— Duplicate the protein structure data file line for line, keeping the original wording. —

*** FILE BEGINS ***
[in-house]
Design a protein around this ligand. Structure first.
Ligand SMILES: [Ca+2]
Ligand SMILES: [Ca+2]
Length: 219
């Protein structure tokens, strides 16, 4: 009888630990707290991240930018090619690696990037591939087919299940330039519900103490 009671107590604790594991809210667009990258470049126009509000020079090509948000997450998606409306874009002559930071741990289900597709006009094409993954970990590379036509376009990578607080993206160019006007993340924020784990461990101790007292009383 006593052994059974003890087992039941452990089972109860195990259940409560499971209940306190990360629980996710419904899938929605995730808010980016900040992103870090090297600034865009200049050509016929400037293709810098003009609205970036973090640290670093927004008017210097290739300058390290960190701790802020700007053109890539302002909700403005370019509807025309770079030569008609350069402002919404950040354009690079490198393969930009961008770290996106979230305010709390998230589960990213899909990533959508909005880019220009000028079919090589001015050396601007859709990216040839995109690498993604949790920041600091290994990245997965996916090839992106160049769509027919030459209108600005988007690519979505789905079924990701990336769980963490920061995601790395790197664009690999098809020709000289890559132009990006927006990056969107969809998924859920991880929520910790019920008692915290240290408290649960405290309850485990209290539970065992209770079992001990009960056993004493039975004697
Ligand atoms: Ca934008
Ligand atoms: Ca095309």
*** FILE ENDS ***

[in-house]
Design a protein around this ligand. Structure first.
Ligand SMILES: [Ca+2]
Ligand SMILES: [Ca+2]
Length: 219
């Protein structure tokens, strides 16, 4: 009888630990707290991240930018090619690696990037591939087919299940330039519900103490 009671107590604790594991809210667009990258470049126009509000020079090509948000997450998606409306874009002559930071741990289900597709006009094409993954970990590379036509376009990578607080993206160019006007993340924020784990461990101790007292009383 006593052994059974003890087992039941452990089972109860195990259940409560499971209940306190990360629980996710419904899938929605995730808010980016900040992103870090090297600034865009200049050509016929400037293709810098003009609205970036973090640290670093927004008017210097290739300058390290960190701790802020700007053109890539302002909700403005370019509807025309770079030569008609350069402002919404950040354009690079490198393969930009961008770290996106979230305010709390998230589960990213899909990533959508909005880019220009000028079919090589001015050396601007859709990216040839995109690498993604949790920041600091290994990245997965996916090839992106160049769509027919030459209108600005988007690519979505789905079924990701990336769980963490920061995601790395790197664009690999098809020709000289890559132009990006927006990056969107969809998924859920991880929520910790019920008692915290240290408290649960405290309850485990209290539970065992209770079992001990009960056993004493039975004697
Ligand atoms: Ca934008
Ligand atoms: Ca095309």